On or about December 14-31, 2009, Defendant Krpan decided, and Defendants St. Clair and Allen approved, that Decedent should undergo a liver biopsy on January 14, 2010. Plaintiffs allege that this decision violated the standard of care because (1) where cirrhosis is present, conducting a biopsy when a lesion is suspected to be HCC creates a substantial risk that the tumor will spread along the needle track; and (2) a liver biopsy, while a safe procedure in the normal liver, is much more likely to cause bleeding in a cirrhotic liver. Two hospitals allegedly refused to perform the biopsy because of the associated risks. According to Plaintiffs, Defendants Krpan, Allen and St. Clair also violated the standard of care when they opted to do a three-pass core liver biopsy rather than a fine needle aspirate of the lesion, because the three-pass procedure allegedly created a significantly greater risk of bleeding. Plaintiffs allege that Decedent's biopsy likely caused the large drop in hemoglobin (from 12 to 7), and the bloody ascites fluid, which precipitated Decedent's subsequent complications.
On January 22, 2010, Decedent underwent biopsy at DHM. Although the medical standard required Decedent to rest for three or more hours after the operation, two correctional transportation officers, Does 1 and 2, allegedly compelled Decedent to leave his hospital bed after only 20 minutes of rest. During the ride to the prison, Decedent started feeling severe and sharp abdominal pain. Upon arrival to SCC on January 22, Decedent was placed into the Operating Housing Unit for the night and, on January 23, was moved back to his cell. Decedent's condition kept declining: his abdomen continued to swell, he could no longer urinate, started vomiting, could not sleep and was in severe pain. He unsuccessfully tried to alert the SCC correctional and medical personnel about his condition.
At around 3:15 p.m. on January 24, 2010, Decedent again went "man-down." At 5:00pm, he was transferred to the prison's Operating Housing Unit. On January 25, 2010, Decedent was taken to the San Joaquin Medical Center for emergency treatment. On February 4, 2010, he was transferred to the California Medical Facility in Vacaville where he died on February 12, 2010, of blood loss into his peritoneum. The blood loss was allegedly the result of Decedent's three-pass liver biopsy.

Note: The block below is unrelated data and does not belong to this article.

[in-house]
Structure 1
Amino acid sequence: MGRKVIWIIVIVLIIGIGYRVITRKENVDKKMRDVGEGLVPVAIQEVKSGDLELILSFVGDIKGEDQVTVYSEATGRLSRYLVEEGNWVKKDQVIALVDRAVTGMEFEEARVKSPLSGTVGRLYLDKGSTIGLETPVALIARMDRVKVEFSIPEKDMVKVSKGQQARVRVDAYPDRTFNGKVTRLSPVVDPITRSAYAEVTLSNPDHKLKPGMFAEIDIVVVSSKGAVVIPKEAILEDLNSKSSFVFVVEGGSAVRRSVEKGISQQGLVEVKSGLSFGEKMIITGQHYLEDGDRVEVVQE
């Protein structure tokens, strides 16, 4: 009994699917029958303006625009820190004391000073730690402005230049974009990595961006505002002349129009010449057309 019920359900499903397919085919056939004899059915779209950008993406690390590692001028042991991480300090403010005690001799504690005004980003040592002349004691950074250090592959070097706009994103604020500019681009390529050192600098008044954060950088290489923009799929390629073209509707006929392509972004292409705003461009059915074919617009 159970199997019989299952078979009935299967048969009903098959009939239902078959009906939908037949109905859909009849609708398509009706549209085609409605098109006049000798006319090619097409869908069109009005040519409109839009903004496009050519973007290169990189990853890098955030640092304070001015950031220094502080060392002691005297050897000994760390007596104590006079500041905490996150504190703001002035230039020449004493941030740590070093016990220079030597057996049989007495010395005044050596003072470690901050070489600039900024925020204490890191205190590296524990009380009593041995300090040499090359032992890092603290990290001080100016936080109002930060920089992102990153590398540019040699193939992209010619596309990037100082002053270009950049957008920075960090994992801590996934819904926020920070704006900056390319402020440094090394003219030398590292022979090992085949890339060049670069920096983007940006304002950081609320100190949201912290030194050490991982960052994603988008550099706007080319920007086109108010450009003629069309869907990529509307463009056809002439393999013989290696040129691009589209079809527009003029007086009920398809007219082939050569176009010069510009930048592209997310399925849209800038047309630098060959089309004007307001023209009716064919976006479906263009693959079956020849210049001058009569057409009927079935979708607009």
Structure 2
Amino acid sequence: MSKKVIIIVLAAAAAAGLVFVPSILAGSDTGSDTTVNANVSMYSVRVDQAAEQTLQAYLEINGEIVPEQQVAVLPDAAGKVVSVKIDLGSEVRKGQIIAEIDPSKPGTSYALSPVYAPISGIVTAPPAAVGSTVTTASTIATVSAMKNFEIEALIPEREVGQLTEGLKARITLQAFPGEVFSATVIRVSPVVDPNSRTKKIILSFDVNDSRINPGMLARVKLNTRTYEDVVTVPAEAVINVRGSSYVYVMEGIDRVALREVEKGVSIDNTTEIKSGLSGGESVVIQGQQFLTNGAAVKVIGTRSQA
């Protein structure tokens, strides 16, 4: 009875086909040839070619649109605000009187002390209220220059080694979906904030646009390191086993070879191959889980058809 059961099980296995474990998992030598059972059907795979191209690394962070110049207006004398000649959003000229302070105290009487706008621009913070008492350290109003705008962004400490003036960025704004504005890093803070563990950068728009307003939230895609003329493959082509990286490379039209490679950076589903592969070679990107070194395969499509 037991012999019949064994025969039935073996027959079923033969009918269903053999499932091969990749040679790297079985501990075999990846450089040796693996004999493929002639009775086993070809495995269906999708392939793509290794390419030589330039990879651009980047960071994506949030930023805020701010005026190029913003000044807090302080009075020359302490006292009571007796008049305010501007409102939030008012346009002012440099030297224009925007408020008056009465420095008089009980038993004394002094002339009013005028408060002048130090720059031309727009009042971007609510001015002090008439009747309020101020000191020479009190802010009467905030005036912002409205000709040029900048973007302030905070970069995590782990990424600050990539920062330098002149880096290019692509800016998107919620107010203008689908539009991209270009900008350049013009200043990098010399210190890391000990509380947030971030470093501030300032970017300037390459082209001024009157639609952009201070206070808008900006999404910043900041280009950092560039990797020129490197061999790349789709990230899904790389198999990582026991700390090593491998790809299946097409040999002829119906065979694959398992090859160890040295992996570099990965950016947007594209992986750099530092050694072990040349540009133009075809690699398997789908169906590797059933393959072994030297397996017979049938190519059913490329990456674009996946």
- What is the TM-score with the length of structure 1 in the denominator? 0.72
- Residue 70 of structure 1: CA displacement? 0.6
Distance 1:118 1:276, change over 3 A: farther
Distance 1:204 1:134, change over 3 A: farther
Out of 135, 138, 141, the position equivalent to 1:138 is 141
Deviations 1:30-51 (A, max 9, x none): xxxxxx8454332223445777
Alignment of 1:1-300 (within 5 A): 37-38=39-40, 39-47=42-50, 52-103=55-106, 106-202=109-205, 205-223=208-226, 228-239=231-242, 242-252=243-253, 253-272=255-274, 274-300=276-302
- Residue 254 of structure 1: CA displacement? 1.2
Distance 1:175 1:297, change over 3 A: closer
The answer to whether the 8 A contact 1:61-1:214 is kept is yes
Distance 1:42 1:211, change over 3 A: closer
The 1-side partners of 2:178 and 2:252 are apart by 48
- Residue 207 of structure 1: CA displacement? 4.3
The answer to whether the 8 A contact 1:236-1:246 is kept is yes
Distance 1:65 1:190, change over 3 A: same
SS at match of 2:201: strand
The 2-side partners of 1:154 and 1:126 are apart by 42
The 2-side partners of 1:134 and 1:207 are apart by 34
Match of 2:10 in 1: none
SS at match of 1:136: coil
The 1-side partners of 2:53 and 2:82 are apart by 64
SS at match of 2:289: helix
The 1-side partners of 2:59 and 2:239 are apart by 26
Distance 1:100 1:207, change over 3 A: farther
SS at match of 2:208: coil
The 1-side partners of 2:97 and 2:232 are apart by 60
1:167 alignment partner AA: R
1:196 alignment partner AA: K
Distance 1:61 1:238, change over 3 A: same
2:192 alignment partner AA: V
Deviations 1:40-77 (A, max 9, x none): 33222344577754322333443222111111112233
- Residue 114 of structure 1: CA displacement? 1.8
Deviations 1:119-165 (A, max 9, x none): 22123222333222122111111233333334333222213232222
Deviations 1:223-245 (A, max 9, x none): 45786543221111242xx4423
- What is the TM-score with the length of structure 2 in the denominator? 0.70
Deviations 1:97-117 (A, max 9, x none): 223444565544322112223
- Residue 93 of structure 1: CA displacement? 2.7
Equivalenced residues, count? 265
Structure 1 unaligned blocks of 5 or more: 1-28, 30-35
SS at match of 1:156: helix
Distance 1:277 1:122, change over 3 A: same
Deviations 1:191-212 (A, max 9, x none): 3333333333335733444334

On a motion to dismiss for failure to state a claim under Federal Rule of Civil Procedure 12(b)(6),*fn4 all allegations of material fact must be accepted as true and construed in the light most favorable to the nonmoving party. Cahill v. Liberty Mut. Ins. Co., 80 F.3d 336, 337-38 (9th Cir. 1996). The Court must also assume that "general allegations embrace those specific facts that are necessary to support a claim." Smith v. Pacific Props. & Dev. Corp., 358 F.3d 1097, 1106 (9th Cir. 2004). Rule 8(a)(2) "requires only 'a short and plain statement of the claim showing that the pleader is entitled to relief,' in order to 'give the defendant a fair notice of what the . . . claim is and the grounds upon which it rests.'" Bell. Atl. Corp. v. Twombly, 550 U.S. 544, 555 (2007) (quoting Conley v. Gibson, 355 U.S. 41, 47 (1957)). A complaint attacked by a Rule 12(b)(6) motion to dismiss does not require detailed factual allegations. Id. However, "a plaintiff's obligation to provide the grounds of his entitlement to relief requires more than labels and conclusions, and a formulaic recitation of the elements of a cause of action will not do." Id. (internal citations ...